AHA 2018 | More Evidence for the Impella Device, But Larger Trials Are Necessary

In this pilot study, unloading the left ventricle with the Impella CP circulatory support device and delaying angioplasty by about 30 minutes appeared to be feasible and safe in patients with acute myocardial infarction without cardiogenic shock. This work sought to test the hypothesis that the device reduces ischemia-reperfusion injury.

AHA 2018 | El dispositivo Impella gana evidencia, pero hacen faltan estudios más grandesThe trial included 50 patients who had the Impella CP implanted and were randomized to immediate angioplasty or angioplasty after a 30-minute delay.

 

The study (presented at the American Heart Association [AHA] Scientific Sessions and published simultaneously in Circulation) showed that delaying reperfusion was associated with an obvious increase in door-to-balloon time (from 73 to 97 minutes), but not with an increase in adverse events or infarct size at 30 days.

 

There was no evidence of prohibitive risk that would prevent investigators from starting a much larger multicenter study next year.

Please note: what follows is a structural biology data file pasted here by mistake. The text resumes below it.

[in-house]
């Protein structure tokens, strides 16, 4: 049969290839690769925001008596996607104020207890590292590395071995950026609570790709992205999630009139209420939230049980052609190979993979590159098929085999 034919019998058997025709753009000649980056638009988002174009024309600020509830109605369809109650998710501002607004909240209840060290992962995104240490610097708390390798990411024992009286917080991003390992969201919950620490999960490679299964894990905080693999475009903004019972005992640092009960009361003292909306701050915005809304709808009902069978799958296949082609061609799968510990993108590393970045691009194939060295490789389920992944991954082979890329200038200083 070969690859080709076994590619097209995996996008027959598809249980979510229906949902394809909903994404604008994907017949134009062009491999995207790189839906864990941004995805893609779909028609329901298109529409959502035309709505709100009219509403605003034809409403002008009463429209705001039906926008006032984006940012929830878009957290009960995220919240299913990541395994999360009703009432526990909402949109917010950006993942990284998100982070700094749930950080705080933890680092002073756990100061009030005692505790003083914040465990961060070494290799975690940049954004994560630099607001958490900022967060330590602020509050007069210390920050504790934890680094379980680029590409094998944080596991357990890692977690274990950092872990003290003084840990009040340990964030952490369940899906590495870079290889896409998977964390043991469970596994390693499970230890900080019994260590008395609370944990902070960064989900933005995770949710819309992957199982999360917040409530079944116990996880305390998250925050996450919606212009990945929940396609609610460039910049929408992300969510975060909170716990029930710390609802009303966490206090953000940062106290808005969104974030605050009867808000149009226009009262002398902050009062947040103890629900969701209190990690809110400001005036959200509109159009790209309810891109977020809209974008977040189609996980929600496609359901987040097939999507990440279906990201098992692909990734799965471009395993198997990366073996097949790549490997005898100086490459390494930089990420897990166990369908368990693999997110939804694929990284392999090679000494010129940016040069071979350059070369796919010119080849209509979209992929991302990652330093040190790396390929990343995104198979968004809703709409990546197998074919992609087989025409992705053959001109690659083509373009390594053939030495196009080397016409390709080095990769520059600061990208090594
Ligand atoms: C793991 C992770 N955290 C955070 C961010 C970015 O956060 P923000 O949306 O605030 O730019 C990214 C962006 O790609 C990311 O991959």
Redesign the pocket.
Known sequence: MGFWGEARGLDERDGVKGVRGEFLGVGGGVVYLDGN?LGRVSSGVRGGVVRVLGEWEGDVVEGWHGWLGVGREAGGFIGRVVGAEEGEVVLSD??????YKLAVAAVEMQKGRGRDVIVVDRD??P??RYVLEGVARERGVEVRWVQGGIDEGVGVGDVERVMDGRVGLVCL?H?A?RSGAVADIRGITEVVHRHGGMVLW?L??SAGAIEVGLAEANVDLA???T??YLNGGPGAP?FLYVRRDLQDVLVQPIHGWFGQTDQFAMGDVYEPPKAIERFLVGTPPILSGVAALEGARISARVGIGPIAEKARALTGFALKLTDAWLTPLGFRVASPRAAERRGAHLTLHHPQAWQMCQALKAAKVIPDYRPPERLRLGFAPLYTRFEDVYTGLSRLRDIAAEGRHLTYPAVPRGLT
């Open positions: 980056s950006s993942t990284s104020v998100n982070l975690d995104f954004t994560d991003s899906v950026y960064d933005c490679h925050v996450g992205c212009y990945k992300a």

Read also: AHA 2018 | Canakinumab Reduces Hospitalization for Cardiac Failure in Respondents.


The Impella device was successfully implanted and removed after a minimum of 3 hours of support.

 

As regards the safety endpoint, there was one death and one case of stroke in the immediate angioplasty group and 3 deaths and two flow-limiting dissections of the femoral artery when removing the device in the delayed group.

 

Original title: Unloading the Left Ventricle Before Reperfusion in Patients with Anterior ST-Segment Elevation Myocardial Infarction: A Pilot Study Using the Impella CP.

Reference: Kapur N et al. Circulation. 2018; Epub ahead of print.

 

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